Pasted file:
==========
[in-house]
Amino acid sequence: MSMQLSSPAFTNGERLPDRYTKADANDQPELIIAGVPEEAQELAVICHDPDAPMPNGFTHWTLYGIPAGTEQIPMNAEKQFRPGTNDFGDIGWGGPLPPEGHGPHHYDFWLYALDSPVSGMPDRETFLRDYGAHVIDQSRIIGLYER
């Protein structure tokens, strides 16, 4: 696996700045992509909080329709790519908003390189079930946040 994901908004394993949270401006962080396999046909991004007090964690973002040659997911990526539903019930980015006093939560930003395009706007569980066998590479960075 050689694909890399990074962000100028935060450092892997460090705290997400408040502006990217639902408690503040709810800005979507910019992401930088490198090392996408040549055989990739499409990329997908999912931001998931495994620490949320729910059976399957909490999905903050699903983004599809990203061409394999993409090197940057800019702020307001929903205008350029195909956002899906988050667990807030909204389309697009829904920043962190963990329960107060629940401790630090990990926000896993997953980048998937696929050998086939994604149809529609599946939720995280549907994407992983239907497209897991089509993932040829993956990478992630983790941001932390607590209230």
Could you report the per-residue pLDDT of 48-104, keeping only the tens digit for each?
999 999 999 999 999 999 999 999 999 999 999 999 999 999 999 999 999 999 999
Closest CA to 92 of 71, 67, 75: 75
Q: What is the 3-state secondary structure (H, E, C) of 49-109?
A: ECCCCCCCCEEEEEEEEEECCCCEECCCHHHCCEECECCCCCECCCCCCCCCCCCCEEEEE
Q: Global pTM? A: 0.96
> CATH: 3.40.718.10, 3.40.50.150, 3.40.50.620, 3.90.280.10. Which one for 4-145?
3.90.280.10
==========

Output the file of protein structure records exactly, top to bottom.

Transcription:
[in-house]
Amino acid sequence: MSMQLSSPAFTNGERLPDRYTKADANDQPELIIAGVPEEAQELAVICHDPDAPMPNGFTHWTLYGIPAGTEQIPMNAEKQFRPGTNDFGDIGWGGPLPPEGHGPHHYDFWLYALDSPVSGMPDRETFLRDYGAHVIDQSRIIGLYER
């Protein structure tokens, strides 16, 4: 696996700045992509909080329709790519908003390189079930946040 994901908004394993949270401006962080396999046909991004007090964690973002040659997911990526539903019930980015006093939560930003395009706007569980066998590479960075 050689694909890399990074962000100028935060450092892997460090705290997400408040502006990217639902408690503040709810800005979507910019992401930088490198090392996408040549055989990739499409990329997908999912931001998931495994620490949320729910059976399957909490999905903050699903983004599809990203061409394999993409090197940057800019702020307001929903205008350029195909956002899906988050667990807030909204389309697009829904920043962190963990329960107060629940401790630090990990926000896993997953980048998937696929050998086939994604149809529609599946939720995280549907994407992983239907497209897991089509993932040829993956990478992630983790941001932390607590209230």
Could you report the per-residue pLDDT of 48-104, keeping only the tens digit for each?
999 999 999 999 999 999 999 999 999 999 999 999 999 999 999 999 999 999 999
Closest CA to 92 of 71, 67, 75: 75
Q: What is the 3-state secondary structure (H, E, C) of 49-109?
A: ECCCCCCCCEEEEEEEEEECCCCEECCCHHHCCEECECCCCCECCCCCCCCCCCCCEEEEE
Q: Global pTM? A: 0.96
> CATH: 3.40.718.10, 3.40.50.150, 3.40.50.620, 3.90.280.10. Which one for 4-145?
3.90.280.10